I noticed the moon was big when I was unloading the van last night. Wife Lila pointed out that tonight was the Night of the Blue Moon and suggested we go to a nice place on the beach for dinner and to watch it come up.
Just like when I shot the full moon over Tower Rock last month, the cloud show at sunset was arguably better than the moon. Click on the photos to make them larger.
One minute the clouds were white.
Then the sky caught fire
In a matter of seconds, it was like someone had touched off a massive brush fire in the sky.
The sky got angrier
Just before all the color disappeared, the sky got angrier.
The moon made a brief appearance
I was chomping away at my dinner when the server came over and pointed up at the sky. According to my handy-dandy Moon Phase program, it wasn’t supposed to rise out of the ocean for another 12 minutes or so, so it caught me by surprise.
It made a brief appearance, then was eaten by the clouds, giving me an excuse to turn back to my food.
Here comes the storm
A heavy thunderboomer was off the coast moving to shore. I kept trying to get a good lightning shot, but most of the flashes were well to the north of us. This was the best I could come up with. It didn’t begin to compare with this video I shot of a storm out to sea.
So, it wasn’t a GREAT night for full moon pictures, but it was a fun evening. The company was good, at least.
Mother, Friend Anne and I hit the Thebes Courthouse just before sunset, just in time to watch a slow freight rumble across the railroad bridge.
Sky kept changing
Every time we would start to get into the car to leave, the sunset would change color or shape.
Courthouse has spectacular view
We didn’t see the famous “green flash” when the sun disappeared, but we didn’t feel cheated. Here are photos I’ve taken of and from the courthouse over the years.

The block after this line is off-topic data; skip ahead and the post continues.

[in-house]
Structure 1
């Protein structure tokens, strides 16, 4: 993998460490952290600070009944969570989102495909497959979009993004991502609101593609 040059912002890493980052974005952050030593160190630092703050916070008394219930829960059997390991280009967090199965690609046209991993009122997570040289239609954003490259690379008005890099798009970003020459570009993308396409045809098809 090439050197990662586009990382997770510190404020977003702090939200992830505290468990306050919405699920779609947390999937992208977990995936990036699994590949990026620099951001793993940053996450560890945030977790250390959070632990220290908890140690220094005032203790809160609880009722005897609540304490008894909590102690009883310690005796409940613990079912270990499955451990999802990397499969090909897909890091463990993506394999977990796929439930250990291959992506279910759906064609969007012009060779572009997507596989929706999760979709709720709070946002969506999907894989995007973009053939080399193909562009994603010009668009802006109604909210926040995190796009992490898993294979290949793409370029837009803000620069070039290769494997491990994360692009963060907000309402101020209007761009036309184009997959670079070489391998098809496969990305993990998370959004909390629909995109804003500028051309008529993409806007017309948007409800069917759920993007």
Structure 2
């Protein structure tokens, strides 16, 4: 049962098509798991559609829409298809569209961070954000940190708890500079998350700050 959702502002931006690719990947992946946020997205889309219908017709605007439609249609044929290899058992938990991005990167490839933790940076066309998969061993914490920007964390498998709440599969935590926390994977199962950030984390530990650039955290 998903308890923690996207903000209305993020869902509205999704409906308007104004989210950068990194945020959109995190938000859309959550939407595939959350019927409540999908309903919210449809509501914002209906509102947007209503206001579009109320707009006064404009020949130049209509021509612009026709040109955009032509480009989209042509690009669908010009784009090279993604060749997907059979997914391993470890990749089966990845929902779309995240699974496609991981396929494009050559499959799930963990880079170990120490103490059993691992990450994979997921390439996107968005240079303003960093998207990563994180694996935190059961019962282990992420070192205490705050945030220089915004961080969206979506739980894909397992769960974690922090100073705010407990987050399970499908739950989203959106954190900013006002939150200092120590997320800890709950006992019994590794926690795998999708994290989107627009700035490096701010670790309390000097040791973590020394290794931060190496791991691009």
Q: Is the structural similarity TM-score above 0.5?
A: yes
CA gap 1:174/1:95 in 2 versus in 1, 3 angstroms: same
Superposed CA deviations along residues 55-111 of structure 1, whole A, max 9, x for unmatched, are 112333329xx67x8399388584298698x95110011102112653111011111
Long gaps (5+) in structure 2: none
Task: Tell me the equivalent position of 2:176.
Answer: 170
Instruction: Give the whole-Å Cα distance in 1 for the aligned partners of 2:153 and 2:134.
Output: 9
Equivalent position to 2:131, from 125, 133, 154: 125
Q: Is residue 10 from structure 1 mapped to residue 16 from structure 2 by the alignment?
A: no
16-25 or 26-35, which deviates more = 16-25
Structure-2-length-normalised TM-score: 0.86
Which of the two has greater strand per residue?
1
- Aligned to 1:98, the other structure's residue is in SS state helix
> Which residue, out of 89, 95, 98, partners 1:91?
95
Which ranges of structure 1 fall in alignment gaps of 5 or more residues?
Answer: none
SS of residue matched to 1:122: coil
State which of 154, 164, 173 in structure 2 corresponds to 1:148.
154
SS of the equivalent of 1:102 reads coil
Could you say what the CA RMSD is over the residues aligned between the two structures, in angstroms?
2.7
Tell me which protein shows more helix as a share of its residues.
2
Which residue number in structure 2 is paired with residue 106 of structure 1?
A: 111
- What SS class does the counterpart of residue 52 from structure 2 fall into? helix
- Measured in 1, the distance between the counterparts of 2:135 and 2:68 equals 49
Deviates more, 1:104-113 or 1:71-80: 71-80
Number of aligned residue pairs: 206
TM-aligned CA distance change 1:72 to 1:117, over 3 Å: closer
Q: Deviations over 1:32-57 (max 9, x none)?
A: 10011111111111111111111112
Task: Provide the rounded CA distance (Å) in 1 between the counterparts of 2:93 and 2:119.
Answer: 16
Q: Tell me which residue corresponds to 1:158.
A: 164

Most of lowland Thebes was covered with Mississippi River floodwaters this spring. I noticed in the fading daylight that the roads had been graded and there was a big pile of mud off to the side of them, so I assumed they were clear when I drove toward the river.
Big mistake. A brief downpour had turned the mud on the road to something slicker than ice. I knew I couldn’t stop or I’d never get going again, so I tried to keep it slow and straight until I got to a point where I had to make a right turn. I was able to kick it around, but about 75 feet down that road, the car went into a slow-speed skid.
I used all the techniques I had learned over years of winter driving. At the last second, I cut the wheels to the left and tried to use the front wheel drive to pull me out of the slide, but we ended up bumping up against the curb, which stopped us.
I give my passengers credit. Unlike Friend Jan, who would have been pounding on the dash and screaming, “We’re all gonna die!!!” Anne sat stoically and braced herself for the impact. Mother said she’d have screamed, but she was busy biting down on a pillow to keep from doing it.
We exited Thebes no worse for wear, but it took me three bucks in the car wash the next day to get all the mud off.
If Facebook is any indication, everyone I know in Southeast Missouri took a picture of the first sunset of November 2012. I saw some nice light playing over fields and barns on the way home from Perry County, but most of the time I was looking directly into the glare of the setting sun every time the road took a twist to the west.
It wasn’t until I was coming up on the light at the U.S. 61 and I-55 intersection that I had a chance to actually look at the sky. A second after I grabbed my camera, the light turned green and I had to go. Still, there was enough time to snap off a couple of frames.
I wonder the the driver of the pickup speeding by on the Interstate appreciated the sky or if he (she) merely pulled down the sun visor to block the rays, more concerned with feeding the belly than the soul? Click on the photo to make it larger. (Unless, of course, you’re headed to the kitchen for a snack.)